You are invited to brainstorm about integrated dance! What types of all abilities dance initiatives would you like to be part of locally over the coming year/s?

Dance Visioning: Wednesday June 26th.
Two time options (choose one): 11:00am-12:30pm, or 1:30pm-2:30pm.
At the Victoria Disability Resource Centre’s boardroom, at 817A Fort Street, in the homelands of the Lekwungen peoples.
ASL Interpretation is available for the 11:00am-12:30pm session.

Please register by June 24th at this link: https://forms.gle/dTAfjeHyeugkZ43j7 .

The morning session will be co-hosted by Amber (Dancer & Artist) and Joanne (Creative Momentum), and the afternoon session will be co-hosted by Tiffany (Embrace Arts) and Joanne.

The visioning will help shape local dance opportunities for this Fall and over the coming years.

This gathering is a follow-up to last year’s Mixed-Abilities Dance Group, in collaboration with the Victoria Disability Resource Centre. This event is made possible with support from CRD Arts & Culture Support Service and Made in BC – Dance on Tour’s community engagement program.


A head’s up about an opportunity to dance this Fall: There will be integrated dance collaborative sessions on one Wednesday per month. For more information see the Integrated Dance Collective page.

Winter 2019

You are warmly invited to join these dance groups in the New Year:

All Abilities Dance Group: A Monday morning all abilities dance group starts January 21.

55+ Dance Group: An inclusive, collaborative dance group, mostly 55years+ (but younger folks welcome), starts with a free introductory session January 18. 55+ Dance Group sessions are Fridays 10:30am-11:30am at Cedar Hill Rec Dance Studio.

Autumn 2018

Here are dance groups inviting new participants this month:

Fifteen dancers are improvising, with three duets smiling in the foreground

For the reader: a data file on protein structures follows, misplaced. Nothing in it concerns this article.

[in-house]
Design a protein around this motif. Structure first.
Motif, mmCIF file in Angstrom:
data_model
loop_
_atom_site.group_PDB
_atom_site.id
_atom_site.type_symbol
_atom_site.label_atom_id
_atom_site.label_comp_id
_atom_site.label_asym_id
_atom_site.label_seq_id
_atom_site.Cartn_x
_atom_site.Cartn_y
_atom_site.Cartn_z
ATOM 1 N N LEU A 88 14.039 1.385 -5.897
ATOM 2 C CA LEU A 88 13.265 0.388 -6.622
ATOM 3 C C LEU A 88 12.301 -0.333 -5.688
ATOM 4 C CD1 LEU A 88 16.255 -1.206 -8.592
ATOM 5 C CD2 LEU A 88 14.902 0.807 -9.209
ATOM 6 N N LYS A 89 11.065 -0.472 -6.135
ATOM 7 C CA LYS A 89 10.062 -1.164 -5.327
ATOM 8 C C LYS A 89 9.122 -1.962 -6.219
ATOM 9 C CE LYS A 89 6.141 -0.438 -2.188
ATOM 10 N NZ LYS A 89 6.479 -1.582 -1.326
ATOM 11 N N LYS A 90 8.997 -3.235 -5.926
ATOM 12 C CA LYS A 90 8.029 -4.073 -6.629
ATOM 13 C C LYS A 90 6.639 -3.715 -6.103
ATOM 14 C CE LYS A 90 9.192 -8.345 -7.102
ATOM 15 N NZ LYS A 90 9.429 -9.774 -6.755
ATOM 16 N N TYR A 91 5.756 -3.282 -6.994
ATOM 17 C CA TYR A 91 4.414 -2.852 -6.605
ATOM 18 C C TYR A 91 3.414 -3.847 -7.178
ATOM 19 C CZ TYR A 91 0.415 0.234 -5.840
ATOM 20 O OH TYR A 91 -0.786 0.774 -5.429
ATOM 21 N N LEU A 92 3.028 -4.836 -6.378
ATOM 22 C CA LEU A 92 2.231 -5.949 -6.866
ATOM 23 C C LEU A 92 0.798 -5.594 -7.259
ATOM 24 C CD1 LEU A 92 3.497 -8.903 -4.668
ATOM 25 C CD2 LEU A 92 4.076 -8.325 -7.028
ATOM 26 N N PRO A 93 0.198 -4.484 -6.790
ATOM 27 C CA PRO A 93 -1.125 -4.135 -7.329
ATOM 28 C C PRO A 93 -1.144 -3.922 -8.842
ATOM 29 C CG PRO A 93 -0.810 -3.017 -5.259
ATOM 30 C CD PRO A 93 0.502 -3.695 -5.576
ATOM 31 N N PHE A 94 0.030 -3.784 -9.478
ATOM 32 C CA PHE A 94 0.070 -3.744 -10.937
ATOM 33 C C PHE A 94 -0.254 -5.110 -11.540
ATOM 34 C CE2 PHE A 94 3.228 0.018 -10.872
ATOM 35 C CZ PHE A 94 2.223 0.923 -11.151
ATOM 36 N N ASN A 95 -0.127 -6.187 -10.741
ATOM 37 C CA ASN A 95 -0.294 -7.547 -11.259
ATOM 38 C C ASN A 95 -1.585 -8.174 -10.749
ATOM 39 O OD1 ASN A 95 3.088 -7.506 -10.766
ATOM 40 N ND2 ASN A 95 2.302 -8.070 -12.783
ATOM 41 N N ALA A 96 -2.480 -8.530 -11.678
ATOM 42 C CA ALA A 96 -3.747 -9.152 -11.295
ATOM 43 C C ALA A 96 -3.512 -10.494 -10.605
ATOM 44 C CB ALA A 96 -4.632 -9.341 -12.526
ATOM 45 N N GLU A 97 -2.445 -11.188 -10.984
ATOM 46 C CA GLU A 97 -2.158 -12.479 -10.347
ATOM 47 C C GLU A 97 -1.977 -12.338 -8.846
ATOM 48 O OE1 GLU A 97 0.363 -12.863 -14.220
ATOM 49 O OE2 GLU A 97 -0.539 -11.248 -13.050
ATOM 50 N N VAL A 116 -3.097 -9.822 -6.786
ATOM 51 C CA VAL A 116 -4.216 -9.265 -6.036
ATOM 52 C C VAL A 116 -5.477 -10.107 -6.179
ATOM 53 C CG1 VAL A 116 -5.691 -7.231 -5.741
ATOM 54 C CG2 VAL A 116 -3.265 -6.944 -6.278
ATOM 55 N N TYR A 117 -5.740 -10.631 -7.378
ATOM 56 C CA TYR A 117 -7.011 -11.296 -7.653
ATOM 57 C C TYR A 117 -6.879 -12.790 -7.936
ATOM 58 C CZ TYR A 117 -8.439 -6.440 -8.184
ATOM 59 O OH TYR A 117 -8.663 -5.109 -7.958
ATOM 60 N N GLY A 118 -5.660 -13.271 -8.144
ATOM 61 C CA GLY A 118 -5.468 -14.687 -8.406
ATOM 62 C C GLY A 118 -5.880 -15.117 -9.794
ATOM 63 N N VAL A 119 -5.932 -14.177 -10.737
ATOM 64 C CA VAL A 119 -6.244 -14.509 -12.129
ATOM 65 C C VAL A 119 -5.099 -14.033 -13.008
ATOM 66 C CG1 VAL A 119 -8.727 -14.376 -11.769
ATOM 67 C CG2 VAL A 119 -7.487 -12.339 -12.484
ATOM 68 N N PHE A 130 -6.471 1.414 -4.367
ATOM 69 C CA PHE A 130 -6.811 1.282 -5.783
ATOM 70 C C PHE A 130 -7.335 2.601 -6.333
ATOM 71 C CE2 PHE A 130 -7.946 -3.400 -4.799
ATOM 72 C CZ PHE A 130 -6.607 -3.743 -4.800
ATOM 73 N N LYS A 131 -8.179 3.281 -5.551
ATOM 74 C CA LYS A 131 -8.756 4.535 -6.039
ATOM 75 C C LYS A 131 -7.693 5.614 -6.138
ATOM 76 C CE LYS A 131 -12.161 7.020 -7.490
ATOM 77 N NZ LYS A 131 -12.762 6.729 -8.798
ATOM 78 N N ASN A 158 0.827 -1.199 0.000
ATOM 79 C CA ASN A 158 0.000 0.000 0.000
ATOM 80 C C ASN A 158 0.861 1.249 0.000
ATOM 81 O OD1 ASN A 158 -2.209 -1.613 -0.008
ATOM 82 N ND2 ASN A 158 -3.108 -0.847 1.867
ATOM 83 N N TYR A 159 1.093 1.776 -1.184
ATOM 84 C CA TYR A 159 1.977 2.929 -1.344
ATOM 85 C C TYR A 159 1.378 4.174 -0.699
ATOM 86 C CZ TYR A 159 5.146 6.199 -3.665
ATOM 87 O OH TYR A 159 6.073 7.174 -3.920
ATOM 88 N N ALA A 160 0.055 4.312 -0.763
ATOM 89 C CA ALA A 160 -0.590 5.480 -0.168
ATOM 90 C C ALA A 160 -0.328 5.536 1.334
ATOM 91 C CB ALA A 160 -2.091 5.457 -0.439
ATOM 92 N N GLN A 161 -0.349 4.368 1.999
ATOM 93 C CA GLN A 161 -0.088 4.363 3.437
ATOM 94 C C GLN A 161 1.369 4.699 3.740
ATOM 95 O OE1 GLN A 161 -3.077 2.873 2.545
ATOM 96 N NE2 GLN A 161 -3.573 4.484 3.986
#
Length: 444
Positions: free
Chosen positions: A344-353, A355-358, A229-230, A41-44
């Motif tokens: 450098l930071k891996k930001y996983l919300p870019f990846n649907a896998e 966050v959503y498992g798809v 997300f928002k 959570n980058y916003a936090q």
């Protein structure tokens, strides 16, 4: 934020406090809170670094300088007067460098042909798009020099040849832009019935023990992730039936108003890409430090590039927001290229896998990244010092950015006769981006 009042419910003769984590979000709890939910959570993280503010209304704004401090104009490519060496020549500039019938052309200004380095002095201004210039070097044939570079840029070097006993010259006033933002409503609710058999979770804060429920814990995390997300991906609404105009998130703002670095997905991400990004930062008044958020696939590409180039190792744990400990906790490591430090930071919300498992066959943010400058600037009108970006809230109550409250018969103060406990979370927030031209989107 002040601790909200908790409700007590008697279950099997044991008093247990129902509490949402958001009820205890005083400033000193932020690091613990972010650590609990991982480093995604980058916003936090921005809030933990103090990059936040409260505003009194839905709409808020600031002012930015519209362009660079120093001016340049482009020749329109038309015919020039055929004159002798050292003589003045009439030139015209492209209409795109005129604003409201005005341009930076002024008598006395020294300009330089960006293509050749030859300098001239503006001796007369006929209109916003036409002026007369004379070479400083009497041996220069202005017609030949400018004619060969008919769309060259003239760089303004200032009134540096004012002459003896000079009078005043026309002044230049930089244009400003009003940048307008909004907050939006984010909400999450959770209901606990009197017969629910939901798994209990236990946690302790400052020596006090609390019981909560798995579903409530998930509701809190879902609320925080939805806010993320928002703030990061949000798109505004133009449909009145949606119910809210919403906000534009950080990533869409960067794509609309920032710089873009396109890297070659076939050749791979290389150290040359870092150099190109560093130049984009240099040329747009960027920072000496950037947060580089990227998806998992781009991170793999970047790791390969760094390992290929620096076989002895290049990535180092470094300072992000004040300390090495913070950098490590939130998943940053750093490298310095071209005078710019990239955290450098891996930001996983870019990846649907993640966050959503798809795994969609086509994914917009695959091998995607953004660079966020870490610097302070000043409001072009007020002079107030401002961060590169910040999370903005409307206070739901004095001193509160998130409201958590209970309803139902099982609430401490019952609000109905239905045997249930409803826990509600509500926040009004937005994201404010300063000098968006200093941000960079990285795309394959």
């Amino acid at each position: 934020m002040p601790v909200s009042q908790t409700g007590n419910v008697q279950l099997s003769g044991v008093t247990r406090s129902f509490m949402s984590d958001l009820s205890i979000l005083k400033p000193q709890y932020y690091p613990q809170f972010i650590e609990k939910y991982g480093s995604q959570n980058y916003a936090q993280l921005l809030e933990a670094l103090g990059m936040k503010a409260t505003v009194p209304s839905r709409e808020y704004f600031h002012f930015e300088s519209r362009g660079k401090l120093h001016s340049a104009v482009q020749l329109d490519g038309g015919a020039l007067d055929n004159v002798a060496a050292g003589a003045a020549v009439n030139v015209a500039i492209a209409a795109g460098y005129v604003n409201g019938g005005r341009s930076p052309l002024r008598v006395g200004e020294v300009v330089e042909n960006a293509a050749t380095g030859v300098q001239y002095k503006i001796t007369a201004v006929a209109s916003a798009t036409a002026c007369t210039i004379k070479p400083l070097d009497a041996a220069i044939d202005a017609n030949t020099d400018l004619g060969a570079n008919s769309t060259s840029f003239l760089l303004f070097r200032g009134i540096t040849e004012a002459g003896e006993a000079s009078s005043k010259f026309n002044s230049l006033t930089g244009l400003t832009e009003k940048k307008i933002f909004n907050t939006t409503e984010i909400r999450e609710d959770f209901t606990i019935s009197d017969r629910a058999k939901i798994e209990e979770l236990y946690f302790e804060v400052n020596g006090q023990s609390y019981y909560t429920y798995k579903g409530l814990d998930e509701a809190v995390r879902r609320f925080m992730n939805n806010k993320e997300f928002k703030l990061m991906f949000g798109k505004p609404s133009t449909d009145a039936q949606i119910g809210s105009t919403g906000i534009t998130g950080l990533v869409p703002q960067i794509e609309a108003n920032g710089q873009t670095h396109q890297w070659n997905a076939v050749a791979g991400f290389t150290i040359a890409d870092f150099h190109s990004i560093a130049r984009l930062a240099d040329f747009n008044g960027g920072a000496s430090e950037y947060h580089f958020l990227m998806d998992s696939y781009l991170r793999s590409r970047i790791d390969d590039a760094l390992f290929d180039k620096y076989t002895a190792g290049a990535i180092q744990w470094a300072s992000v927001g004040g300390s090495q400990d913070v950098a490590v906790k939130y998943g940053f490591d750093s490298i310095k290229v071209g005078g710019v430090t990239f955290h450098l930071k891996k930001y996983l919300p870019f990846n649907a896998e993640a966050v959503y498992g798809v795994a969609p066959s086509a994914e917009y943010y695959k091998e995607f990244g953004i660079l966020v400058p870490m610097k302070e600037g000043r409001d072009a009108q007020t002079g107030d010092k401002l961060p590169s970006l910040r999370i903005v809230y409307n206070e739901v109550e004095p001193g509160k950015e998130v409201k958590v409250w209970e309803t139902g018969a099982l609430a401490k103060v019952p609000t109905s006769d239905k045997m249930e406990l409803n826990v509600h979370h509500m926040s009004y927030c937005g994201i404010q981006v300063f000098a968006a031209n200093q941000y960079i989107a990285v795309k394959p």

Mixed-Abilities Dance Group: A new inclusive dance group is starting on September 20th. Mixed-abilities dance group sessions are free and are on Thursdays 1:00pm-2:00pm. The group includes people who experience disability as well as people who don’t experience disability.

Photo: two adults dancing facing each other looking down

55+ Dance Group: An inclusive, collaborative dance group, mostly 55years+ (but younger folks welcome), starts with a free introductory session September 21st. 55+ Dance Group sessions are Fridays 10:30am-11:30am at Cedar Hill Rec Dance Studio.

Photo of ten people dancing, some holding hands, some on their own, five people seated and five people standing.All Abilities Dance Group: A Monday morning all abilities dance group in collaboration with a local non-profit organization.

Invitation for ideas and suggestions: This season we will be checking in with folks through a survey about what types of sessions or groups people would like to be part of in 2019. The survey will be sent through the Dancing for Wellbeing newsletter; if you would like to sign up your email please use the contact page.

Dancing Together March 18 at 7pm

The first Dancing Together session, which is all genders, all mobilities, all ages, queer, community social dance, will be: